Game Development Reference
InDepth Information
NP
coNP. A major open problem is to know whether parity games with
perfect information can be solved in polynomial time.
We present an algorithmic solution for parity games using a reduction to
safety games. A variant of this reduction has been presented by Bernet et al.
[2002]. In the worst case, it yields safety games of size exponentially larger
than the parity game. Such a blowup is not surprising since safety games
can be solved in polynomial time. The reduction gives some insight into the
structure of parity games.
Consider a game graph
G
=
∩
L, l
I
,
Σ
,
Δ
and a priority function
pr
:
L
→
{
defining the parity objective Parity(
pr
) that requires the minimal
priority occurring infinitely often to be even. We extend the locations of
G
with tuples
0
,
1
,...,d
}
of
counters
associated with the odd priorities (we
assume that
d
is odd). The counters are initialised to 0, and each visit to a
state with
odd
priority
p
increments the counter
c
p
. Intuitively, accumulating
visits to an odd priority is potentially bad, except if a smaller even priority
is also eventually visited. Therefore, each visit to a state with
even
priority
p
resets all counters
c
p
with
p
>p
.
Under these rules, if player 1 has a surelywinning strategy in
G
for the
objective Parity(
pr
), then player 1 also has a memoryless surelywinning
strategy, and thus can enforce that each counter
c
p
remains bounded by
n
p
,
the number of locations with priority
p
. On the other hand, if Player 1 has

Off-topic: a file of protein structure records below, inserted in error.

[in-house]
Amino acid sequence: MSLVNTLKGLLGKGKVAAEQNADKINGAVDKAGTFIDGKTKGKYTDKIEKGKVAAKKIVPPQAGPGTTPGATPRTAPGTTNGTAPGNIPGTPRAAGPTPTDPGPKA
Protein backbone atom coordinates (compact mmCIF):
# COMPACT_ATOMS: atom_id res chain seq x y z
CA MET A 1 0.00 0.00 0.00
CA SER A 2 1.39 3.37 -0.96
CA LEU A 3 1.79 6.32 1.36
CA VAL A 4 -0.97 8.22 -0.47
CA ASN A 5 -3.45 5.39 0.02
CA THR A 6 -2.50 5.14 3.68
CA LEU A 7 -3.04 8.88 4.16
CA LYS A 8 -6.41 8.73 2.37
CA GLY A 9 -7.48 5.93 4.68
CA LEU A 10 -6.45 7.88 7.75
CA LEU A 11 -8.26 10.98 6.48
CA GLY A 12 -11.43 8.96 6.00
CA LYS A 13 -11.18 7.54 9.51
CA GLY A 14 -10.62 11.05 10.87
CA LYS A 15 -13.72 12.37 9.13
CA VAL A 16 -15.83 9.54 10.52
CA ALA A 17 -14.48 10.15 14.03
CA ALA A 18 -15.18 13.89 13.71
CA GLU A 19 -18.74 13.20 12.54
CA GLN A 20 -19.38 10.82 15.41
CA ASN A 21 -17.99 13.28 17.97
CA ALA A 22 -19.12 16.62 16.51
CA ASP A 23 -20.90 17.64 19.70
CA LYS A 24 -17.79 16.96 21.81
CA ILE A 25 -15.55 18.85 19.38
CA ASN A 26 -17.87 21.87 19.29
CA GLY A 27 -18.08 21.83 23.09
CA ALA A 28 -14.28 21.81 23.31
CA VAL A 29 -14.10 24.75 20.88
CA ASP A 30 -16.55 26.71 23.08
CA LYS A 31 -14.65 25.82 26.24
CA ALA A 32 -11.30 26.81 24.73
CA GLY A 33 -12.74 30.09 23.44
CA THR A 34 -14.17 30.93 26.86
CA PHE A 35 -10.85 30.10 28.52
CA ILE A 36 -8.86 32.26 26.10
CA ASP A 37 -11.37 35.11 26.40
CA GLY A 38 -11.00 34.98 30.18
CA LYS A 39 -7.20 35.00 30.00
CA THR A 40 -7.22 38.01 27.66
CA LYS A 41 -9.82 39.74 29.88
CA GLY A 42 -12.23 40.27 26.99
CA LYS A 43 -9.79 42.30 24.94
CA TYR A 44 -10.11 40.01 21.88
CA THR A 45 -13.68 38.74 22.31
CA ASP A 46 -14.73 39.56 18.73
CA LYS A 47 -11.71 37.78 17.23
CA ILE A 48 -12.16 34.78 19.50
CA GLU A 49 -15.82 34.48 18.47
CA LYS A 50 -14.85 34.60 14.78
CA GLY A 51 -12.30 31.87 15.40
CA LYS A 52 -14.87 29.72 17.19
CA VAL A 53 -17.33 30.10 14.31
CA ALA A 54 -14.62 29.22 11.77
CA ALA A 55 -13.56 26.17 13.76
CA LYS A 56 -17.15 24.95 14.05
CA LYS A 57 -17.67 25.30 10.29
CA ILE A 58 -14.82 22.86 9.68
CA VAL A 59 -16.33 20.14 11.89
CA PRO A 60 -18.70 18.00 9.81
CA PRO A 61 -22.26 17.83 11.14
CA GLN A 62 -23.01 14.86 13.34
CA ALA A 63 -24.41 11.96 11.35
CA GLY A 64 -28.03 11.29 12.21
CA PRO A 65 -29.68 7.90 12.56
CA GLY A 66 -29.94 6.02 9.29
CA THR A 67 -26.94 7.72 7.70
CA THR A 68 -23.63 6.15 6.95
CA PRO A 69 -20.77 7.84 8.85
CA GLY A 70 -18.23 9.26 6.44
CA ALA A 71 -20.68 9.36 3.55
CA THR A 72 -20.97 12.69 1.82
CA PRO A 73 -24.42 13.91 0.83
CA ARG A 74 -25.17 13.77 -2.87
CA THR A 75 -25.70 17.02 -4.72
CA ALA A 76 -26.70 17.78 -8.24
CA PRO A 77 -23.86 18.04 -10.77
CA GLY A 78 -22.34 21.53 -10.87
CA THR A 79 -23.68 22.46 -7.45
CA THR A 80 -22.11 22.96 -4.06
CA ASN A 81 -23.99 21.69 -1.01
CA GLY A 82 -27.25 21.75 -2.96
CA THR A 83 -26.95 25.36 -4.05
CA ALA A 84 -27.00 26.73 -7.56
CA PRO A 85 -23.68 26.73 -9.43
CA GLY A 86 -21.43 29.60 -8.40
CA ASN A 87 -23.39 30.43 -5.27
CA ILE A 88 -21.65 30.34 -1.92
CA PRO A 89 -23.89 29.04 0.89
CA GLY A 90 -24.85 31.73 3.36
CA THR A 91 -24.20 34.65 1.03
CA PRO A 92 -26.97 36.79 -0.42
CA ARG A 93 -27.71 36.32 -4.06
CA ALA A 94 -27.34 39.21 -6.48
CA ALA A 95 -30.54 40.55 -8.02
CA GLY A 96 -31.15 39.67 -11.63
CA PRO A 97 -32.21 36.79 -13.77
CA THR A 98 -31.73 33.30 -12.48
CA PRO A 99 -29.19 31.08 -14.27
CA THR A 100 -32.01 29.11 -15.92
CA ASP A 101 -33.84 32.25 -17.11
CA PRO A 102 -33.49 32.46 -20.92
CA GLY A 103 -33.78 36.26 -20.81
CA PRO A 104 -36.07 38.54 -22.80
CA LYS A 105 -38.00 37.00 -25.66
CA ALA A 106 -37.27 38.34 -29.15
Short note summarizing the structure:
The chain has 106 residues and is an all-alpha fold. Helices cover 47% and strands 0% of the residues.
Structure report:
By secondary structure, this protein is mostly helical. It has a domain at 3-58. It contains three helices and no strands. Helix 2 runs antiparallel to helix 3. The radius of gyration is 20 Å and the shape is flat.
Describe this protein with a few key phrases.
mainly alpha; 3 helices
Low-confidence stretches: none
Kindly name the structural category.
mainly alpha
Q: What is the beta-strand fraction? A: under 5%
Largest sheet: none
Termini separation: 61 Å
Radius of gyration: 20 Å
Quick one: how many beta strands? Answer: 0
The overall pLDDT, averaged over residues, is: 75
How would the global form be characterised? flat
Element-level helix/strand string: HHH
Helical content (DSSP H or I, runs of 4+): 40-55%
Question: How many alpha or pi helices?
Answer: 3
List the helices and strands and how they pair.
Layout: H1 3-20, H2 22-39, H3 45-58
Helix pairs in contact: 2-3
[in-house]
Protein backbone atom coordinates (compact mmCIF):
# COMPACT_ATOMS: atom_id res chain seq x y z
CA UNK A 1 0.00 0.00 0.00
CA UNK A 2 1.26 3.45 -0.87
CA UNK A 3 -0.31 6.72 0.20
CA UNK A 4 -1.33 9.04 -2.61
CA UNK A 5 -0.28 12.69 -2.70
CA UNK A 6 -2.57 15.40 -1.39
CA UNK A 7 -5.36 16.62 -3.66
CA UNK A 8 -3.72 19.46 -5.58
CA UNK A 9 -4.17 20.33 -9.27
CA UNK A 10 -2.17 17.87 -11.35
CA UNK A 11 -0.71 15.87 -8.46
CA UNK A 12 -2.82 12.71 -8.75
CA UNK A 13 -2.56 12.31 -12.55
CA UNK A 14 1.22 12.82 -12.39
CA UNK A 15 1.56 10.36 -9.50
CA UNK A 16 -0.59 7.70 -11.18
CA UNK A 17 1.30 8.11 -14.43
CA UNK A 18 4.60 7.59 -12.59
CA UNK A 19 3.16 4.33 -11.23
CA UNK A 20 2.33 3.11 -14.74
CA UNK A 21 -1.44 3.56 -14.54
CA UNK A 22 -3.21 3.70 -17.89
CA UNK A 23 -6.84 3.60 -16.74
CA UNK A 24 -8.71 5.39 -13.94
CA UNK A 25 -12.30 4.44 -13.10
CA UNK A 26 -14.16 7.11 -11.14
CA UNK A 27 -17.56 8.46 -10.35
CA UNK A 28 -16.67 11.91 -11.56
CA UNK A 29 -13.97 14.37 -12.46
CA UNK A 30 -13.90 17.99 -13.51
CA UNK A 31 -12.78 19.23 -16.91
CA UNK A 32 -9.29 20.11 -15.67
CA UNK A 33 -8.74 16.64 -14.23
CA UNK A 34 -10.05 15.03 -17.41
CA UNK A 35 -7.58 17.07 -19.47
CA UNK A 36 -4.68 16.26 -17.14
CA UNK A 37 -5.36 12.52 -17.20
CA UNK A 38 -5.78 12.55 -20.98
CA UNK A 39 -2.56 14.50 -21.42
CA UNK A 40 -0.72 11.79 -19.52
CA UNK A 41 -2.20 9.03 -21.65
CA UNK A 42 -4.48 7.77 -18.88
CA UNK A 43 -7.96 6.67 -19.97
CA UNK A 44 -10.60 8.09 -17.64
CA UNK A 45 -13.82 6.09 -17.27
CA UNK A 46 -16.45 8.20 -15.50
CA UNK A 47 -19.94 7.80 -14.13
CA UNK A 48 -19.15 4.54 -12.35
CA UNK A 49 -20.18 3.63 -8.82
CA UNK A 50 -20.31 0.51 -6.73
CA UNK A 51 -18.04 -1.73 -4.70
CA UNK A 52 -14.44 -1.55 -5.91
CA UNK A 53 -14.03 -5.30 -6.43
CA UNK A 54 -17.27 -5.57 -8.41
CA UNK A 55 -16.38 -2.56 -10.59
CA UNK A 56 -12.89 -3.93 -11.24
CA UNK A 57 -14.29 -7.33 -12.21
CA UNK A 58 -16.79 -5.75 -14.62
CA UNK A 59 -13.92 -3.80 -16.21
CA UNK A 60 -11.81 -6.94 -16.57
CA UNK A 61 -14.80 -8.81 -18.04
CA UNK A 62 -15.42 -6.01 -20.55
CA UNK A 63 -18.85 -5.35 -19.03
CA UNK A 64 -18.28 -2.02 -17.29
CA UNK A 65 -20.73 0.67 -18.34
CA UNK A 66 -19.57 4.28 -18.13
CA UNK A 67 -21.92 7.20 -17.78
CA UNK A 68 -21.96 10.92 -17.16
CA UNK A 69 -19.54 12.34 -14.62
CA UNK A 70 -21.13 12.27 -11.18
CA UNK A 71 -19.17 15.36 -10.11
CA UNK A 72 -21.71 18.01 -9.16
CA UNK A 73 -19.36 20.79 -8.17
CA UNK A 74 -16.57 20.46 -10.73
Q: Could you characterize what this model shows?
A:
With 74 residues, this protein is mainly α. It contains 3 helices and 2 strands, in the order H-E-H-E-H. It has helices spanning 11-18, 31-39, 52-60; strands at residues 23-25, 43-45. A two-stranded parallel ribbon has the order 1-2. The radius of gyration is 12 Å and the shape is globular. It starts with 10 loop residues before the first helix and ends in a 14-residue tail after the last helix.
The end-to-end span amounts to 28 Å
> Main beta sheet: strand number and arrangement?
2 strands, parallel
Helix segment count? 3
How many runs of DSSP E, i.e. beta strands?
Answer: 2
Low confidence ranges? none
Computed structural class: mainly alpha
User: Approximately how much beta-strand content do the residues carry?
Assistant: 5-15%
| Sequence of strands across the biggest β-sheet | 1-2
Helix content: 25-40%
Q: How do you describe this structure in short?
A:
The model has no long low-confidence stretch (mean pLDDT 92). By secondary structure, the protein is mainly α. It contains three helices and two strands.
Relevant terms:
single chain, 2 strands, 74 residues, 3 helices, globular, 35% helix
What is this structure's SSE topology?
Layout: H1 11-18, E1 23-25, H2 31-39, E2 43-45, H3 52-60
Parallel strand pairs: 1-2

no strategy that maintains all counter
c
p
below
n
p
, then it means that no
matter the strategy of Player 1, there exists a strategy of Player 2 such that
the outcome of the game visits some location with odd priority
p
at least
twice, without visiting a location of smaller priority. Since we can assume
that Player 1 uses a memoryless strategy, this shows that Player 2 can force
infinitely many visits to an odd priority without visiting a smaller priority,
thus Player 1 cannot win the parity game.
Formally, we define
G
=
c
1
,c
3
,...,c
d
L
,l
I
,
Σ
,
Δ
where
L
=
L
•
×
[
n
1
]
×
[
n
3
]
×
...
×
[
n
d
] where [
n
i
] denotes the set
{
0
,
1
,...,n
i
}∪{∞}
,
and
n
i
is the number of locations with priority
i
in
G
;
l
I
=(
l
I
,
0
,
0
,...,
0);
•
Δ
=
•
{
((
1
,c
)
,σ,
(
2
,
update(
c, p
)))

(
1
,σ,
2
)
∈
Δ and
p
=
pr
(
q
)
}
where
,p
)=
c
1
,...,c
p−
1
,
0
,...,
0
p
even
update(
c
1
,c
3
,...,c
d
c
1
,...,c
p−
1
,c
p
+1
,c
p
+1
,...,c
d
p
odd
where we let
c
p
+1=
∞
for
c
p
∈{
n
p
,
∞}
.
×
N
d
The safety objective for
G
is Safe(
pr
) where
pr
=
L
∩
2
)isthe
T
T
(
L
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